The Things You Should Know About Warsaw
This cool capital is the largest city in Poland. Located east of the centre, in the heartland of the Masovian Plain, it’s divided in two by the Vistula River. Beloved for its cutting-edge architecture, burgeoning art scene and fascinating history, millions visit the city every year. Planning a trip to the Polish capital city? From forests to mermaids, here are a few interesting facts about Warsaw that might surprise you.
If you are planning a trip to Warsaw, here are 7 interesting facts About Warsaw
1. Warsaw is greener than you think it is
Over 14% of Warsaw is woodlands. The Kampinos National Park, which sits just outside of the city, is one of Poland’s most famous forested areas. It covers around 38,544 hectares and is home to more than 1,400 species of vascular plants.
It’s brimming with parks, botanical gardens and nature reserves too. The city is home to 88 parks in total, including the impressive Lazienki Park, which sprawls across 188 acres. Other highlights include the Wilanów Park, next to the enchanting Palace of King Jan III Sobieski, and the Pole Mokotowskie Park, which is often compared with Central Park in New York.
(Photo: BOKEH STOCK / Shutterstock.com)
2. Warsaw is nicknamed the “Phoenix City”
Warsaw is known as the “Phoenix City” due to the number of times it has been destroyed and risen again. The city itself dates back to fortified settlements founded in the 6th century, though the town didn’t really grow until the 14th century. It suffered colossal damage during the Swedish occupation of 1655 to 1656. Then, in 1794 the Russian army massacred the population of the right bank suburb of Praga. During World War II, Warsaw was razed to the ground by bombing raids. After liberation, the People’s Republic of Poland rebuilt the city once more.
Warsaw’s Old Town is the oldest part of the city and dates back to the 13th century. Nazi troops destroyed more than 85% of the district during the Warsaw Uprising of August 1944, but a five-year reconstruction campaign led by its citizens resulted in the meticulous restoration of the Old Town, complete with its churches, palaces and marketplace. In 1980 UNESCO designated it a World Heritage site.
3. Warsaw is one of the most congested cities in Europe
Warsaw is one of the most congested cities in Europe, with citizens spending an average of 106 hours sitting in traffic every year.
Poland is one of the countries with the highest number of registered motor vehicles in Central and Eastern Europe, with a value twice as big as that registered in the Czech Republic. This, combined with poor road infrastructure means that journey times in Warsaw during congested periods are 42% longer when compared to the non-congested periods. Travel times are 89% higher during the mornings and 86% in the evening peak hours.
Editorial credit: udmurd / Shutterstock.com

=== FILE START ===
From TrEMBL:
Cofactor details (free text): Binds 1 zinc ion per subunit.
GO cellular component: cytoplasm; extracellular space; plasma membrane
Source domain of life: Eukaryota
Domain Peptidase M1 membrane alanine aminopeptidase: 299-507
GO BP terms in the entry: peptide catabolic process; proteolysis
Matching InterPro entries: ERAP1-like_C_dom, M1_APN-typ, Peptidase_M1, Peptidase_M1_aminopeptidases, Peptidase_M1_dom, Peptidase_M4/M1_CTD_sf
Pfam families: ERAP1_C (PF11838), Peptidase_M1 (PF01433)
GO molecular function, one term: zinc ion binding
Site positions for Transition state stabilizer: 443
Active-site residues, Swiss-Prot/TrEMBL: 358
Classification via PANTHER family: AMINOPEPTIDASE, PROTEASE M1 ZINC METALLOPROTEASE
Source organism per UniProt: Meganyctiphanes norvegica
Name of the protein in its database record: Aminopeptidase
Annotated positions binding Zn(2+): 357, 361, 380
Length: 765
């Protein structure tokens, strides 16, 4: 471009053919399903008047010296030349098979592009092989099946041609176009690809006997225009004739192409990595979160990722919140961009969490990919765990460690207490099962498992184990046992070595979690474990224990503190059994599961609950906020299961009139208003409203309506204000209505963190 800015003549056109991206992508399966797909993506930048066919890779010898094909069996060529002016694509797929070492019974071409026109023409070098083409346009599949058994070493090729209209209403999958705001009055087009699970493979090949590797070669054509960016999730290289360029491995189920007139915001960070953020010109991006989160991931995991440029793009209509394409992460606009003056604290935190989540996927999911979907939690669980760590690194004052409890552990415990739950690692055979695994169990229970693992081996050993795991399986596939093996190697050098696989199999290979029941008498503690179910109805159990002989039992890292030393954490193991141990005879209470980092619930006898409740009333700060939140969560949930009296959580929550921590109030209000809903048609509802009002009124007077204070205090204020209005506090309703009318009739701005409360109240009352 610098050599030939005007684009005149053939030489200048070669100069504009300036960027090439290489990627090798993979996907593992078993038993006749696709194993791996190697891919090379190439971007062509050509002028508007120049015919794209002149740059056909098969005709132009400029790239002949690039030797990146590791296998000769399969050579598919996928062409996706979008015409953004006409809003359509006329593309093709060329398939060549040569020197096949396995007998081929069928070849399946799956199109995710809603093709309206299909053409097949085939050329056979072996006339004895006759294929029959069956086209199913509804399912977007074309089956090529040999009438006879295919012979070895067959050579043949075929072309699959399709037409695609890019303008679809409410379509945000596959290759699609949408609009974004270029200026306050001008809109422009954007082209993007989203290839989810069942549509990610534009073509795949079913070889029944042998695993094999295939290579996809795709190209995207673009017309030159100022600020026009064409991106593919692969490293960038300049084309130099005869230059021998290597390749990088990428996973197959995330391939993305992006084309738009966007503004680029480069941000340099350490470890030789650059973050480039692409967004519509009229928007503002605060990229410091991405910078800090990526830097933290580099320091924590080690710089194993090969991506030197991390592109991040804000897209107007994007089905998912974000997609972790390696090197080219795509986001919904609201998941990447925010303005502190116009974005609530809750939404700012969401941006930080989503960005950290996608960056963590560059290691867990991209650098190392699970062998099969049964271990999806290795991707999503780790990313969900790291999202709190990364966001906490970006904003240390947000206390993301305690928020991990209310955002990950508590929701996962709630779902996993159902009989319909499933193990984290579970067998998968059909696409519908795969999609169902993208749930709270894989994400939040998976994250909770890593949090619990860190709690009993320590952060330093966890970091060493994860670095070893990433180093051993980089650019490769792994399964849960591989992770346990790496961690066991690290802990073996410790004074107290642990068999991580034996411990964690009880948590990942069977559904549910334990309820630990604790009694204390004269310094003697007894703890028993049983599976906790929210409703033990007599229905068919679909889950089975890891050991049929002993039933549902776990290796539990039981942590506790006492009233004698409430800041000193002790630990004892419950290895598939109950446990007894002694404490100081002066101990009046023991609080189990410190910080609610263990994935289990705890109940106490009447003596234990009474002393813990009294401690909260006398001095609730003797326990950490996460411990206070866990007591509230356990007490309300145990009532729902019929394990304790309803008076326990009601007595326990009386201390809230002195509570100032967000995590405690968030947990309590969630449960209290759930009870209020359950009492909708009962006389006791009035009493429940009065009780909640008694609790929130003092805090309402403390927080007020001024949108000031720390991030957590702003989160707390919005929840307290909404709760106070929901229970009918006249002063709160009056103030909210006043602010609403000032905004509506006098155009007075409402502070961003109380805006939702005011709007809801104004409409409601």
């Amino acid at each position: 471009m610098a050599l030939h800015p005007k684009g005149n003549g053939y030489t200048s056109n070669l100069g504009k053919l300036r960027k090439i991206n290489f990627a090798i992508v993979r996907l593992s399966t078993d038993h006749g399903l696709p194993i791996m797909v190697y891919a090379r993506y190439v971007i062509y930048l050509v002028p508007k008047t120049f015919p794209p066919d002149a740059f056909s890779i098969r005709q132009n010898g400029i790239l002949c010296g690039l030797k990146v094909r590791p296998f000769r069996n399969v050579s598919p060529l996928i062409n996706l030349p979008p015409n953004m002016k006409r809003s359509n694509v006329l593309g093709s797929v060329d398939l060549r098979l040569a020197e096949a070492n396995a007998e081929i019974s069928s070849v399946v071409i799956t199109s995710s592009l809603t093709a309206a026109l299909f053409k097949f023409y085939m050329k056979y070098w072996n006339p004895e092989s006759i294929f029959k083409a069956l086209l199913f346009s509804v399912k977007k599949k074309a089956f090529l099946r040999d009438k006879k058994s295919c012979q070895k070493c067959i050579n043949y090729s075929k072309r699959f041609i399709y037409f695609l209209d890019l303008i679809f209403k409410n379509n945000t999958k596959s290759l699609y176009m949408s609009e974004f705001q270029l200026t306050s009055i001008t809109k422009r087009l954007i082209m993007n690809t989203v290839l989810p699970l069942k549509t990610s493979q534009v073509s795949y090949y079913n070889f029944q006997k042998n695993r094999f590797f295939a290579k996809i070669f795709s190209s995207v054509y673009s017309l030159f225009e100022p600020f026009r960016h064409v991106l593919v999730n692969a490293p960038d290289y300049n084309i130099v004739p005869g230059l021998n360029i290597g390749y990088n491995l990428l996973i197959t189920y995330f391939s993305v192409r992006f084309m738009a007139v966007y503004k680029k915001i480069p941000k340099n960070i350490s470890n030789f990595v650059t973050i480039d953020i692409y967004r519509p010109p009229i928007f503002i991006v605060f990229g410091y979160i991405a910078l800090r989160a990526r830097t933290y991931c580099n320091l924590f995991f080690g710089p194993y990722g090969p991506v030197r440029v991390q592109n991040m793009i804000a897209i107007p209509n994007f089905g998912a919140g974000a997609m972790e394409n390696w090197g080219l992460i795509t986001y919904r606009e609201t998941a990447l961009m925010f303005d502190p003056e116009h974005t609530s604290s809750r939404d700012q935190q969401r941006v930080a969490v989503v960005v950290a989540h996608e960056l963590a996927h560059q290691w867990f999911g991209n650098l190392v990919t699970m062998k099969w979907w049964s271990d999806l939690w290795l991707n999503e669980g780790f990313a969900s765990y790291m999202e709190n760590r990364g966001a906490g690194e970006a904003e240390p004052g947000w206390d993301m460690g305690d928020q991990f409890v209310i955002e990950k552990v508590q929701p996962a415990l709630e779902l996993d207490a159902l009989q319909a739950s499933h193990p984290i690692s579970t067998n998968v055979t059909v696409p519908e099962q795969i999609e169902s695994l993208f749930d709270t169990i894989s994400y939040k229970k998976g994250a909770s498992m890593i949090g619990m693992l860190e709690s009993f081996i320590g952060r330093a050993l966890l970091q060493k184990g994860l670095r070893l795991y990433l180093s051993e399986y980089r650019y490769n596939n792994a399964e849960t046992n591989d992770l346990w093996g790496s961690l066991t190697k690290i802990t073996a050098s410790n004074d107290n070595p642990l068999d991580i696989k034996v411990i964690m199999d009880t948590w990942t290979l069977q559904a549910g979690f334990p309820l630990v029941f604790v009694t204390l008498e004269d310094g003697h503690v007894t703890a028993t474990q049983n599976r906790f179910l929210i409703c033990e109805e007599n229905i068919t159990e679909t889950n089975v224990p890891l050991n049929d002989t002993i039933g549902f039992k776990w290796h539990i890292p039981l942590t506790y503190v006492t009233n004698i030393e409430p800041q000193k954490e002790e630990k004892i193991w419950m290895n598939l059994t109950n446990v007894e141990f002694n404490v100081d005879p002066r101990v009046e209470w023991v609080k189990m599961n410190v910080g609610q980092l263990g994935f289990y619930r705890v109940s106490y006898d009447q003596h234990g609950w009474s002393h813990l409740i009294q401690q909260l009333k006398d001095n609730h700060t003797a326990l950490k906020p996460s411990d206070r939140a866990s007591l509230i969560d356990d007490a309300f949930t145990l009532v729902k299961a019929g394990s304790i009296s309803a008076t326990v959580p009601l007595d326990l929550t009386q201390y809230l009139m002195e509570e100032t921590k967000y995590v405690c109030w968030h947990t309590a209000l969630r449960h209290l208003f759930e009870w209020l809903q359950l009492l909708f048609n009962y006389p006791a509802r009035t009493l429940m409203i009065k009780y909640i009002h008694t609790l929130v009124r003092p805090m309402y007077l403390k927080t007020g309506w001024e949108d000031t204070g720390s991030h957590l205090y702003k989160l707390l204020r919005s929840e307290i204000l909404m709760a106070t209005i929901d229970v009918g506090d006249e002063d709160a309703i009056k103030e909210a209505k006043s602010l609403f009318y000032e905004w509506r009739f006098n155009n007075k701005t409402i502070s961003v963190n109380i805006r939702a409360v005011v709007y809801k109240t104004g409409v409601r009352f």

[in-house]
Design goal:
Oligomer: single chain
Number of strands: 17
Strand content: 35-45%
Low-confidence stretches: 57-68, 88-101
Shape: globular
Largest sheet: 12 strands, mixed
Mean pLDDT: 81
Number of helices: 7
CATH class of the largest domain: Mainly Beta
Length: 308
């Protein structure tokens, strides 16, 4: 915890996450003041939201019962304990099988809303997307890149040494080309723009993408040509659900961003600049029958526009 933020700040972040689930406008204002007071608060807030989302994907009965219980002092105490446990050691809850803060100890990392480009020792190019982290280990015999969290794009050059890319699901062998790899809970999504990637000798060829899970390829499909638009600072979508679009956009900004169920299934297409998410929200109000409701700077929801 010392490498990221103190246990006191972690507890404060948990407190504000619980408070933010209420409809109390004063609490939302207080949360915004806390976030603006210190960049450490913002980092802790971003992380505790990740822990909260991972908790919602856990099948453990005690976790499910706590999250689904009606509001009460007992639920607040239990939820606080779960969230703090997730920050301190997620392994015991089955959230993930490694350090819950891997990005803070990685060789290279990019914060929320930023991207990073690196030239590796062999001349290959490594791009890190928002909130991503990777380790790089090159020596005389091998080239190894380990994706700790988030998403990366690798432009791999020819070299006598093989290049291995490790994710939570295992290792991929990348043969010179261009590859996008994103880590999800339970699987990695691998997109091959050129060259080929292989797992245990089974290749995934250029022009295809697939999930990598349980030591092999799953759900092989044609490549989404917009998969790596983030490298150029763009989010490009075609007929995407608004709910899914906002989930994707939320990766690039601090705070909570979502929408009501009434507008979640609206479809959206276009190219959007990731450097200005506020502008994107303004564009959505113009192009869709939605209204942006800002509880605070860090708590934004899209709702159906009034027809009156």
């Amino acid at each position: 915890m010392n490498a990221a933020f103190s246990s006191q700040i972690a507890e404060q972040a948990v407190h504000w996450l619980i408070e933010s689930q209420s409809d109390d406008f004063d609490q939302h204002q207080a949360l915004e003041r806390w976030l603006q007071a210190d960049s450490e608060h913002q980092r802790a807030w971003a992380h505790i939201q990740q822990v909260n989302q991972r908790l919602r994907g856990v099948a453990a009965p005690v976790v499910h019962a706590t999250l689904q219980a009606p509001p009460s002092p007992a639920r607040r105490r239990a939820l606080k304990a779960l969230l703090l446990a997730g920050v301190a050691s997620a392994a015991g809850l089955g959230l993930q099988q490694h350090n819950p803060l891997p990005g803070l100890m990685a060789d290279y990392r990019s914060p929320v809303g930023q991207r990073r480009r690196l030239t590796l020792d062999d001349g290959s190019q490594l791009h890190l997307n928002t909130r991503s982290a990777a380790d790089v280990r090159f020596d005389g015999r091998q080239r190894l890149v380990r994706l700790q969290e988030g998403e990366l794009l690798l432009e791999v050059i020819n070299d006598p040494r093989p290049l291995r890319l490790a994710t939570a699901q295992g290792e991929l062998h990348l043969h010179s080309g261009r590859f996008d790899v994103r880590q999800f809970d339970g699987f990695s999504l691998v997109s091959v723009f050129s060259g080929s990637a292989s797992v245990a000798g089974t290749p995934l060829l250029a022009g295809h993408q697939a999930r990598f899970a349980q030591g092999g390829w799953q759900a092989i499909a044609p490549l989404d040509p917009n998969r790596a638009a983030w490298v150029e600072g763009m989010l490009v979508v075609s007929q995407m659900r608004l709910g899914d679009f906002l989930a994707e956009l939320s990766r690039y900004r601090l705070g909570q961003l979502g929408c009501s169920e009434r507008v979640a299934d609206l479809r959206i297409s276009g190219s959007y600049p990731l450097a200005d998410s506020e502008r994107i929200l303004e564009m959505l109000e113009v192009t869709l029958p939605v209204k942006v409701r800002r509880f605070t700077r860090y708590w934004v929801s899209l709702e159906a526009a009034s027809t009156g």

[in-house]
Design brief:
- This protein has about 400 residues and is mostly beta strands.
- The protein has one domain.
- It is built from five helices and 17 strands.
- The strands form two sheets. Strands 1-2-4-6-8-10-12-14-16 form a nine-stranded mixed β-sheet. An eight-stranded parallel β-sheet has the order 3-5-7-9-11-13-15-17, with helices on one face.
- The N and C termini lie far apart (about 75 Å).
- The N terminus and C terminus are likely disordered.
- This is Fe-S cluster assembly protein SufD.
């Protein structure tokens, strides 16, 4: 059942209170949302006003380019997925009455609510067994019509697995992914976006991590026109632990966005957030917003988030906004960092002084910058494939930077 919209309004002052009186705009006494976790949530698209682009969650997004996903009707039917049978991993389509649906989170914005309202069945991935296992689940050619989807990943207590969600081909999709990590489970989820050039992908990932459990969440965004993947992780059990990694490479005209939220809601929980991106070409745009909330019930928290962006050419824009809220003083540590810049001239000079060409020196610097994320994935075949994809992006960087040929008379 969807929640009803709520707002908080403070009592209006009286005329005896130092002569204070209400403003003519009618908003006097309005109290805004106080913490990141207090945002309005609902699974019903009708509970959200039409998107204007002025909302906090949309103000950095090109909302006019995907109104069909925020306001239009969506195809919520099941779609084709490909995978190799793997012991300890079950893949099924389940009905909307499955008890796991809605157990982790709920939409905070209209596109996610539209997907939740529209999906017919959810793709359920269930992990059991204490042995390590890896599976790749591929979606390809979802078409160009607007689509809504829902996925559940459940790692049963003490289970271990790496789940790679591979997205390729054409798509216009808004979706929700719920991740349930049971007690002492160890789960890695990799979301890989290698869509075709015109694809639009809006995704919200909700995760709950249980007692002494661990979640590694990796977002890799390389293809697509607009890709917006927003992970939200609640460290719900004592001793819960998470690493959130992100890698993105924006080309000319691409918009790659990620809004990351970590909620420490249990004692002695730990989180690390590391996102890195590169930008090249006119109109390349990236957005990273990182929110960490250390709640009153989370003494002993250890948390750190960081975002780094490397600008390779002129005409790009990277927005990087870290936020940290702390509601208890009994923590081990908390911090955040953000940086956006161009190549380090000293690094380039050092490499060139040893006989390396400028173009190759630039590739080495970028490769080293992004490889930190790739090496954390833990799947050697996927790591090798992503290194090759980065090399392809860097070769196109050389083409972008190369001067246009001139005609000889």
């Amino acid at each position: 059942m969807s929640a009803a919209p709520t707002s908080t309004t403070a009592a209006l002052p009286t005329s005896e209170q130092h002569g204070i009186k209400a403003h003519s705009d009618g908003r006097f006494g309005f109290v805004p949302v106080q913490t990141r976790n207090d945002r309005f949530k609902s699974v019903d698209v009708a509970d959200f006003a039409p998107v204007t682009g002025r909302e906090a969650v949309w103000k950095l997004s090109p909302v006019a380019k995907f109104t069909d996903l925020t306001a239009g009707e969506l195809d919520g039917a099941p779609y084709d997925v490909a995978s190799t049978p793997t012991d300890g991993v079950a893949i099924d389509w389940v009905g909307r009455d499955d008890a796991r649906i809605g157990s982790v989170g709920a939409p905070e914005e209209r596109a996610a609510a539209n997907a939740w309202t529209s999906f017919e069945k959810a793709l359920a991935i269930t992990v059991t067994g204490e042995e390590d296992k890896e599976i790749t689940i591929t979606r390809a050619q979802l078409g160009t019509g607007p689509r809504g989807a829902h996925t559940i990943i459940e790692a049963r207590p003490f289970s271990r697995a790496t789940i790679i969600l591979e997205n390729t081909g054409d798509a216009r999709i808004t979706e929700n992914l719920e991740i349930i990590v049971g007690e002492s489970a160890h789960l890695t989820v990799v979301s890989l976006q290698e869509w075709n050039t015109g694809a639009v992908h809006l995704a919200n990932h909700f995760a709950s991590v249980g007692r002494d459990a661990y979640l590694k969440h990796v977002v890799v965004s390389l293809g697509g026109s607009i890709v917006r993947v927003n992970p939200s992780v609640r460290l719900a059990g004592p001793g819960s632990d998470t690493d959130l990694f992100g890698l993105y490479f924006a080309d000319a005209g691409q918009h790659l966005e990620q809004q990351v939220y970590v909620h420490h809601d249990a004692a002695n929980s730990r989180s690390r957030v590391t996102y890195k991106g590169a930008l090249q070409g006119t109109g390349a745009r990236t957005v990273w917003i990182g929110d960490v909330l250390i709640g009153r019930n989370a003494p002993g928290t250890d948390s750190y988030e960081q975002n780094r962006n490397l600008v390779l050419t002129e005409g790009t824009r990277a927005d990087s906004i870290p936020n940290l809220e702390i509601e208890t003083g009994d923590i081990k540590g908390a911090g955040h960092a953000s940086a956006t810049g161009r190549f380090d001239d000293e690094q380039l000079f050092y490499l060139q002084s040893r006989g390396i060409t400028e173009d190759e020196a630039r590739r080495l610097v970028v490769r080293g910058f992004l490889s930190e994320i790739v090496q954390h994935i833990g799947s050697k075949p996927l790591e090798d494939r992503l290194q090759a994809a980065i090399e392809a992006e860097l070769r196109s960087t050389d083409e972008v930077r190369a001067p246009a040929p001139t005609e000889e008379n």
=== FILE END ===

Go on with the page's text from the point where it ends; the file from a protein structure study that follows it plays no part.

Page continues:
4. Warsaw is home to the tallest building in the EU
The Varso Tower became the tallest building in the European Union in February 2021. It measures 310 metres (1,017 ft) high and boasts 53 storeys. Before that, The Palace of Culture and Science was the tallest building in Poland. The Soviet-Russian architect Lev Rudnevin designed the building in the ‘Seven Sisters’ style in 1955. It boasted the tallest clock tower in the world until the installation of a clock on the NTT Docomo Yoyogi Building in Tokyo. Today it houses various cultural institutions such as cinemas, theatres, libraries and the Polish Academy of Sciences.
5. Warsaw is home to the narrowest house in the world
Keret House is the narrowest building in the world. The two-storey building is squeezed between a gap between two disparate other buildings. At its slimmest, it measures just 92 cm (36 inches) and at its widest, it is still only 152 cm (59 inches).
The Polish architect Jakub Szczesny presented the artistic concept at the WolaArt Festival in 2009 and building finished in 2012. It boasts a functional living space and is now a temporary home for travelling writers.
6. Mermaids are everywhere in Warsaw
The Mermaid of Warsaw, or the Syrenka, is a symbol of Warsaw. It first appeared on Warsaw’s coat of arms in 1390, followed by a seal in 1459. Experts claim the coat of arms was likely inspired by the 2nd-century book, Physiologus, though there are a few legends surrounding the mermaid. One tells that a mermaid decided to stay after pausing on a riverbank near the Old Town. Local fishermen planned to trap her, but they heard her singing and fell in love. A rich merchant managed to imprison her but when the fishermen heard her cries, they rescued her. Ever since she’s vowed to protect its residents with a sword and shield. Another story tells that she’s related to her equally famous sister, the Little Mermaid in Copenhagen.
7. Some of the world’s most prolific people were born or lived in Warsaw
Marie Curie, who achieved international recognition for her research on radioactivity and was the first female recipient of the Nobel Prize, was born in Warsaw.
The composer Fryderyk Chopin spent his childhood and early youth in Warsaw too. When he died in Paris, his sister managed to sneak his heart out of France so that he could be buried in his native country, as he wished.